I’m wearing head-to-toe waterproofs, walking boots, and a safety helmet. I’m strapped into a harness which is attached to an abseil rope, and I know that behind me is the most stunning view of Bassenthwaite Lake. So far, this doesn’t sound like an unusual Tuesday morning for someone who lives in the Lake District, until you learn that I’m sat in my wheelchair, which is also strapped into a harness, and hanging at a 45 degree angle off a concrete slab.
Adventure for All
The Lake District Calvert Trust offers wonderful experiences for disabled people who want to enjoy the countryside and test their limits. They are accessible to people of all ages with sensory, learning or physical disabilities, including those with the most complex needs for which most outdoor centres cannot cater. They endeavour to run as many activities as possible out in the wider Lake District so that our residents also get to explore one of the most beautiful parts of the UK. Schools, groups, families and individuals are all welcome.
I arrived feeling anxious, as someone who many people would describe as not at all adventurous, but the lovely team soon put me at ease.
After we’d completed safety forms and fitted my harness, my instructor Matt pushed me in my wheelchair up to the abseil platform. Now was the time!
The Big Push
As my chair was lowered on to the ramp, I slowly fed the ropes through my hands and started to relax and enjoy it. So much so that, once I reached the bottom I went straight back up for another go… which was as much of a surprise to me as it will be to anyone who knows me reading this.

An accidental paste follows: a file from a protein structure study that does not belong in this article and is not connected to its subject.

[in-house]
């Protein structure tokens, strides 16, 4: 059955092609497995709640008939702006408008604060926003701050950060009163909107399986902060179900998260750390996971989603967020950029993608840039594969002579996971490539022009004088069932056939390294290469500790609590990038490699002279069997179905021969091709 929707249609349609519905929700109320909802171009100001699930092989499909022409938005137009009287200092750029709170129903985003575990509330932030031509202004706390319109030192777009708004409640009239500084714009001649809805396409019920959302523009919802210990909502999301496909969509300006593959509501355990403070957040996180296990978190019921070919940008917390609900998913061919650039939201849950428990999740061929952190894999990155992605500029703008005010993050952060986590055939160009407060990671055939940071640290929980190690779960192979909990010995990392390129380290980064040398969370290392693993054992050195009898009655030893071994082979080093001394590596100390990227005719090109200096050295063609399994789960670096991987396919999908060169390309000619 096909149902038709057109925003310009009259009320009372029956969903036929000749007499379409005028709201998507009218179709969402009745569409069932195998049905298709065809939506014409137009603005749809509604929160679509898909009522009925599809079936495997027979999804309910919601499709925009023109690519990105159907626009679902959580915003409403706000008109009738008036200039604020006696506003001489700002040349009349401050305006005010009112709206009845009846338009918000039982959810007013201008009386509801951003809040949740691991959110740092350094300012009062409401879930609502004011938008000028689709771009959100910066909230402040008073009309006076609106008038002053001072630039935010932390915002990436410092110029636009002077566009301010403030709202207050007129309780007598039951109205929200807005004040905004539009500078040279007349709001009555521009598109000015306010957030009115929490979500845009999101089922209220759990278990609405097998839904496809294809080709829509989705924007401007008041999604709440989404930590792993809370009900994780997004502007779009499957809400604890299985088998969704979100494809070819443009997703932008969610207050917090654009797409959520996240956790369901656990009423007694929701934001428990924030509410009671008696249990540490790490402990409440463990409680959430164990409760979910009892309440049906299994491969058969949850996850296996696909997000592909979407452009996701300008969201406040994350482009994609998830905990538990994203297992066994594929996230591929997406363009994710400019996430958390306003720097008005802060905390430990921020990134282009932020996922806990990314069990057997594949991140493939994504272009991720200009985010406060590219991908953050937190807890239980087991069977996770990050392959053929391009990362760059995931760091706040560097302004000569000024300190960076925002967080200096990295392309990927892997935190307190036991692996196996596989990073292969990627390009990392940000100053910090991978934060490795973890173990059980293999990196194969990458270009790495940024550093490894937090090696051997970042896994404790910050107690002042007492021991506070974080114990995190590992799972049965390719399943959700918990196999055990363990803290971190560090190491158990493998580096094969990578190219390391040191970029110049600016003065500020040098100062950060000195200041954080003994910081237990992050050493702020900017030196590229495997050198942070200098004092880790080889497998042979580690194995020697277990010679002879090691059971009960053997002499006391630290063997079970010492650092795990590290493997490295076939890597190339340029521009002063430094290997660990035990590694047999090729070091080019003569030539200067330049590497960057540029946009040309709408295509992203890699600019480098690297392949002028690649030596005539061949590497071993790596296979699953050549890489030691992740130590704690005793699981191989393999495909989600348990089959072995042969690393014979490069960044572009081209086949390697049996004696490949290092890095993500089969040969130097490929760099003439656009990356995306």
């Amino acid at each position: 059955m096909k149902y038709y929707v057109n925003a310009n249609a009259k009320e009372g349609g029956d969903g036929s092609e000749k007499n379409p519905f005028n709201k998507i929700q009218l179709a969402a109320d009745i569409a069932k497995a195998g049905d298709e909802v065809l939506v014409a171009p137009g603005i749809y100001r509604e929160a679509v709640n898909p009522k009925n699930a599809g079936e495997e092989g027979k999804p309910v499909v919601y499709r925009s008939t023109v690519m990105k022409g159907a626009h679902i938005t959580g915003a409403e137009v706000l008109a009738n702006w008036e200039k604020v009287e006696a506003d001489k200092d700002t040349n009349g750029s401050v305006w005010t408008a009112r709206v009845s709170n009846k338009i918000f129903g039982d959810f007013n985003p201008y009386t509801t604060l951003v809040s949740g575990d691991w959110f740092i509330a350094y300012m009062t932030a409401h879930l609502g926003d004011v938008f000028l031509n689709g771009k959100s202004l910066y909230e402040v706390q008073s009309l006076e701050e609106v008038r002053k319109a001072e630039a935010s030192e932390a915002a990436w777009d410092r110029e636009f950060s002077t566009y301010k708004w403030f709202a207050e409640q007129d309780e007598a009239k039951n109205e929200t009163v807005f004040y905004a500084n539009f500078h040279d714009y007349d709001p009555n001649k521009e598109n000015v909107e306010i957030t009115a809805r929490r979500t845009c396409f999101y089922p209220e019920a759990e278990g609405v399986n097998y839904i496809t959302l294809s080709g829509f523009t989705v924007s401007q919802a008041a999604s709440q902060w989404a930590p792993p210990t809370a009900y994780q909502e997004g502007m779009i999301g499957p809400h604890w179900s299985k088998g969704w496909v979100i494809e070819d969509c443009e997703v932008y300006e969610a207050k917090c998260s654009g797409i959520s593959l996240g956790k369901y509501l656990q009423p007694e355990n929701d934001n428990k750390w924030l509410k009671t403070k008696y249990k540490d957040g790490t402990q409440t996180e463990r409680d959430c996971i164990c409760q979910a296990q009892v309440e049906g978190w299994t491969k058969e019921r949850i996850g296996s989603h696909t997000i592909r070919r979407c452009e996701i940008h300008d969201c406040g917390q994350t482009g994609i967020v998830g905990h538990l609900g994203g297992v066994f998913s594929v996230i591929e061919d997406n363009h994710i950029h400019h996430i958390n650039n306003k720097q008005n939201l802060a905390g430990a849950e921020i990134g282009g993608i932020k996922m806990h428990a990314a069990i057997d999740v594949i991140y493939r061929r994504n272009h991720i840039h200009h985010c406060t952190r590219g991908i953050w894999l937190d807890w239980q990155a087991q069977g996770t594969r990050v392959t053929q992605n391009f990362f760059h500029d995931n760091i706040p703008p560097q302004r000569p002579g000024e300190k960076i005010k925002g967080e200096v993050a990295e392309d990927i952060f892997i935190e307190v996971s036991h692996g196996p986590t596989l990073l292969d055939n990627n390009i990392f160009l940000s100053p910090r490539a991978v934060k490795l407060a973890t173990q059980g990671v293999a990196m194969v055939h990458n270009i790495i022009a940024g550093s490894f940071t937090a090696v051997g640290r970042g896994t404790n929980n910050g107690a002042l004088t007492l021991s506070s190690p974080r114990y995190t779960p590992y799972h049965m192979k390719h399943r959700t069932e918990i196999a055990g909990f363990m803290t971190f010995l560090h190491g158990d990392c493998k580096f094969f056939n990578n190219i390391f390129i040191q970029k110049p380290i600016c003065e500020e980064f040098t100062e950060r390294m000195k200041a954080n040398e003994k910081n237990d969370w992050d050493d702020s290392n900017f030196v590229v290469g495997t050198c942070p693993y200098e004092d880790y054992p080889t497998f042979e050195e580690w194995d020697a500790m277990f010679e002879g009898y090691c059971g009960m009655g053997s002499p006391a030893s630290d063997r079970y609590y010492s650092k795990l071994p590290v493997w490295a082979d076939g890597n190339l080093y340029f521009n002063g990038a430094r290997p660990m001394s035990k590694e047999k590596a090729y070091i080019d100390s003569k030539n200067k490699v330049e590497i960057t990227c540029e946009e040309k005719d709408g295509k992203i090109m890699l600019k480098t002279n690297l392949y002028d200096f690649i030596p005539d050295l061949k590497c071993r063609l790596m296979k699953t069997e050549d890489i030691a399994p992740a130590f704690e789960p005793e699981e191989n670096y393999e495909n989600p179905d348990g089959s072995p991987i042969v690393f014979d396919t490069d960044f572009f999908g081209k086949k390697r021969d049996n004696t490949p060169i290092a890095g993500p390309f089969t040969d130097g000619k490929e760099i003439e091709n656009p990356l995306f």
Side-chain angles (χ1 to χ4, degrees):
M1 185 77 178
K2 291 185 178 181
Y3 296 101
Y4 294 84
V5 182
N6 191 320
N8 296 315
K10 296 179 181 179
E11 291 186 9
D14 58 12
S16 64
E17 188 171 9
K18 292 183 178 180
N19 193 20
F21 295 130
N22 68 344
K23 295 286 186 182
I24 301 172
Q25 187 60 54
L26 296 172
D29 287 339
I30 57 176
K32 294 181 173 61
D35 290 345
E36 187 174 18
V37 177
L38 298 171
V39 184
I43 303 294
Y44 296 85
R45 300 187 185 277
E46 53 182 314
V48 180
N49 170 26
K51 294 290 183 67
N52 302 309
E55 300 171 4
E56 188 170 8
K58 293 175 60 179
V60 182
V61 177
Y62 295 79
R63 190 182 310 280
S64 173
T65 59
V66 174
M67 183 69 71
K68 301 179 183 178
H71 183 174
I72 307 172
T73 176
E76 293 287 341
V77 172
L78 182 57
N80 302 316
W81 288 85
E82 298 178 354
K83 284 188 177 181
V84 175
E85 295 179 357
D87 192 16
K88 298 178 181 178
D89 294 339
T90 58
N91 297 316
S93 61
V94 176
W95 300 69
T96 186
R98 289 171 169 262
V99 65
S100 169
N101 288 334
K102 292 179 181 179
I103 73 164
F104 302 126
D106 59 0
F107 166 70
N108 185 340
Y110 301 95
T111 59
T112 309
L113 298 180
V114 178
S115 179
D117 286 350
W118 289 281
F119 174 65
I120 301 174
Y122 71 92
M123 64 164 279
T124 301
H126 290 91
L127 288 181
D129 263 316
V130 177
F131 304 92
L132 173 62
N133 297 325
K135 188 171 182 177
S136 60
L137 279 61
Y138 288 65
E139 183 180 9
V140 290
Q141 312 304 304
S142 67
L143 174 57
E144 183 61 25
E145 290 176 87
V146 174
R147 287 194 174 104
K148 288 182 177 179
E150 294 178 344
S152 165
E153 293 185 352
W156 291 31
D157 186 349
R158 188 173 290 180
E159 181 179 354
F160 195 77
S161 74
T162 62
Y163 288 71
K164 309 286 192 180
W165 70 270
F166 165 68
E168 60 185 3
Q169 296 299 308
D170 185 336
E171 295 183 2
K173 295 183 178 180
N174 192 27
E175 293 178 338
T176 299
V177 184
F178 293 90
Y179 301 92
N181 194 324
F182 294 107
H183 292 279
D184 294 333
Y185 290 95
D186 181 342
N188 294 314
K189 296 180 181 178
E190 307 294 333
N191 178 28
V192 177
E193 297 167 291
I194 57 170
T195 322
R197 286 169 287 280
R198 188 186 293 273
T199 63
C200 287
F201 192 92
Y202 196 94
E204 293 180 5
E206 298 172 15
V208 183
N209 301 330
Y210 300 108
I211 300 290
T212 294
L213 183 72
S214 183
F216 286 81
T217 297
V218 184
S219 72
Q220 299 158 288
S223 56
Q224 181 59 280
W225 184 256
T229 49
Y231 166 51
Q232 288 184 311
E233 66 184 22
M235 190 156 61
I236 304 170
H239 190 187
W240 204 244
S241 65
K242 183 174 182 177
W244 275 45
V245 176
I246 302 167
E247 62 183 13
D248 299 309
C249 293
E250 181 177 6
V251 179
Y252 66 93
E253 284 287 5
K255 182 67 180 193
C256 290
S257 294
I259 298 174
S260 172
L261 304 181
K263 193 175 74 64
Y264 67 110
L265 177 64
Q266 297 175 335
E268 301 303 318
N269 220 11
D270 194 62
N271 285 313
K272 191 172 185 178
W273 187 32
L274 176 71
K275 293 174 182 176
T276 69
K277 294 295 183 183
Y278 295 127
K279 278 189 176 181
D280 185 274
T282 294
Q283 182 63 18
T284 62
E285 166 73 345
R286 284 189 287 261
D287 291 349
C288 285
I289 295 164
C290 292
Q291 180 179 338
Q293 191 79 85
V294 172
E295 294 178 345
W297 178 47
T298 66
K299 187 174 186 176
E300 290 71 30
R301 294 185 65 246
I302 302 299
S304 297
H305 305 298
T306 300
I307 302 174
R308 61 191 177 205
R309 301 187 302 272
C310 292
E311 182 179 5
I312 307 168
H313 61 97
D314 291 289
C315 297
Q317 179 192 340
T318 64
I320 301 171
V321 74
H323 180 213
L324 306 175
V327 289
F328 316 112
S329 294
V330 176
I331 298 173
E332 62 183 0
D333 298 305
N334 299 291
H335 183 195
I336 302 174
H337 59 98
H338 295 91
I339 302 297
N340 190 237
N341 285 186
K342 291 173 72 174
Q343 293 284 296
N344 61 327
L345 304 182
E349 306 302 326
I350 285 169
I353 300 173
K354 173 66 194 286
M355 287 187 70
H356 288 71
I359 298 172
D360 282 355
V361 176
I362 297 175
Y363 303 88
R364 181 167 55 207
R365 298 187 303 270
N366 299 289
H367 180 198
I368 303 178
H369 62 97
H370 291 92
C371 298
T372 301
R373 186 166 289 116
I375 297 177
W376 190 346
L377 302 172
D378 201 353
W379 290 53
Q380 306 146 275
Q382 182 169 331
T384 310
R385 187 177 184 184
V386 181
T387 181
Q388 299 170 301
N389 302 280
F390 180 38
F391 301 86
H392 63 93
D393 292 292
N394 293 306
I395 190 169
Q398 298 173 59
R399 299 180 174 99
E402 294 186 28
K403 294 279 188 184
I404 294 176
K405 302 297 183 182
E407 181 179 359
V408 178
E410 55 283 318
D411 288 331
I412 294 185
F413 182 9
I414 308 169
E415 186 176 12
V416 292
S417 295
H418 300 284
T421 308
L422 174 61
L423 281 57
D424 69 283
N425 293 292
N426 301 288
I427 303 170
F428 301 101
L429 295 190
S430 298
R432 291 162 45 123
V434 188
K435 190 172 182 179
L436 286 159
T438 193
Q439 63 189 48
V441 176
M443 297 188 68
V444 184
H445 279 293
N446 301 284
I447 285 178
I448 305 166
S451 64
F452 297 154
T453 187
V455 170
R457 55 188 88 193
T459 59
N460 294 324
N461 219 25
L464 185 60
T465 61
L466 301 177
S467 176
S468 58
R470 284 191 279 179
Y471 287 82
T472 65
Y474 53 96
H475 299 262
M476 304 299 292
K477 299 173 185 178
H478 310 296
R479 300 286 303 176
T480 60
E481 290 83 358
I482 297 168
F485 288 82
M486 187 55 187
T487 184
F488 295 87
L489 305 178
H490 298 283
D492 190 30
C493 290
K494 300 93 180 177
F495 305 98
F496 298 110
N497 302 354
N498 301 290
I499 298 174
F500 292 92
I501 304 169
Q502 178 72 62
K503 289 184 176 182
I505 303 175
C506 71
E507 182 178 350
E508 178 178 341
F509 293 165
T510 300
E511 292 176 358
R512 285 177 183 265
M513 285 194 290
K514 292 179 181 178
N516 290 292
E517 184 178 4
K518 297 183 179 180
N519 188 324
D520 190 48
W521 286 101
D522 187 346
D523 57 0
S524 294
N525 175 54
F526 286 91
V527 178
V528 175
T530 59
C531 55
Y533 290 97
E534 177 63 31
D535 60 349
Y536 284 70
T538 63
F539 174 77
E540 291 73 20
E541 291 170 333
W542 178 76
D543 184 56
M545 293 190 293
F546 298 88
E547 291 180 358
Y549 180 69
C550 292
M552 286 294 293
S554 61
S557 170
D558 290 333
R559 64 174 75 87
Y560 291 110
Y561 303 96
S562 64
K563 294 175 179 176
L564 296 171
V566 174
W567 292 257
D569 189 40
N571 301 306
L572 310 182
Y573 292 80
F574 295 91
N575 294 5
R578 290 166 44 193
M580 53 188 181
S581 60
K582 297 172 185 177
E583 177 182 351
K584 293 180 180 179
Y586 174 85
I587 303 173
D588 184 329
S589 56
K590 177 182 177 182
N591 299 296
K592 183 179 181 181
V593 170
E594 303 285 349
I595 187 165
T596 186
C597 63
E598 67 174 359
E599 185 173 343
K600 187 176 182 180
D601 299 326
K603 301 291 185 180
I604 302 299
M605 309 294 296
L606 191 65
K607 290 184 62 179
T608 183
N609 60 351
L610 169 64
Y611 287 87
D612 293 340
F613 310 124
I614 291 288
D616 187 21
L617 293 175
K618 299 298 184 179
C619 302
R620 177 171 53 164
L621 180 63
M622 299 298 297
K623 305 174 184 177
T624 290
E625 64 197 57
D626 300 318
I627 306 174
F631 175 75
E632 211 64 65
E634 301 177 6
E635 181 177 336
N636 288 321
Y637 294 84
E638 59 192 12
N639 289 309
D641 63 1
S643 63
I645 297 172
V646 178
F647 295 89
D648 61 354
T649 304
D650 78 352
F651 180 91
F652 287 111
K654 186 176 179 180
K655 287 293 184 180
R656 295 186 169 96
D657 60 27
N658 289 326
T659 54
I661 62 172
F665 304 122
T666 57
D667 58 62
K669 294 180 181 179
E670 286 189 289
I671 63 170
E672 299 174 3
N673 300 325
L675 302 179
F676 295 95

Afterwards I was assisted out of my kit, and given a hot drink to warm up. Once I’d come back down to earth (quite literally) I was given a guided tour of the Calvert Trust centre.
And what an amazing place it is. As well as the abseil and climbing walls there a fully accessible zip wire, challenge course, facilities for canoeing and kayaking, archery, horse riding and sailing. The centre also boasts a hydrotherapy pool, sensory room, games room and lots more.
For those looking to do their own thing, they have 2 self-catering accommodation units for groups of up to 14 people in bunkhouse style accommodation. Both are located well away from the main centre and can be booked for any length of time. There are no restrictions on which day of the week your stay starts, with both open to disabled and non-disabled groups on a sole use basis. They are however very different in character and location, although both are dog-friendly!
… And Very Special People
But for me, the facilities only form a part of what is so good about the Lake District Calvert Trust. The setting, on the shores of Bassenthwaite is simply stunning, in the kind of environment that is usually off-limits for disabled people. But the shining star is the wonderful team of staff that the Trust has; from the moment I arrived, it was clear that the word ‘can’t’ just wasn’t an option. I was encouraged to get out of my comfort zone, and I was assisted in a kind and respectful way.
Testing Your Limits
There is no better feeling than having conquered – and enjoyed – something that scares you, and that was my ultimate take-away from my day at the Calvert Trust. Everyone contributes to the Calvert Trust belief that ‘it’s what you can do that counts’.
Carrie-Ann Lightley is a traveller, a blogger and an inspiration for the less mobile traveller. She doesn’t let her Cerebral Palsy slow her down from enjoying the world, near and far. Living with the mantra of ‘there is always a way’ her travel blog provides expertise and inspiration for accessible travel. Visit Carrie-Ann at https://www.carrieannlightley.com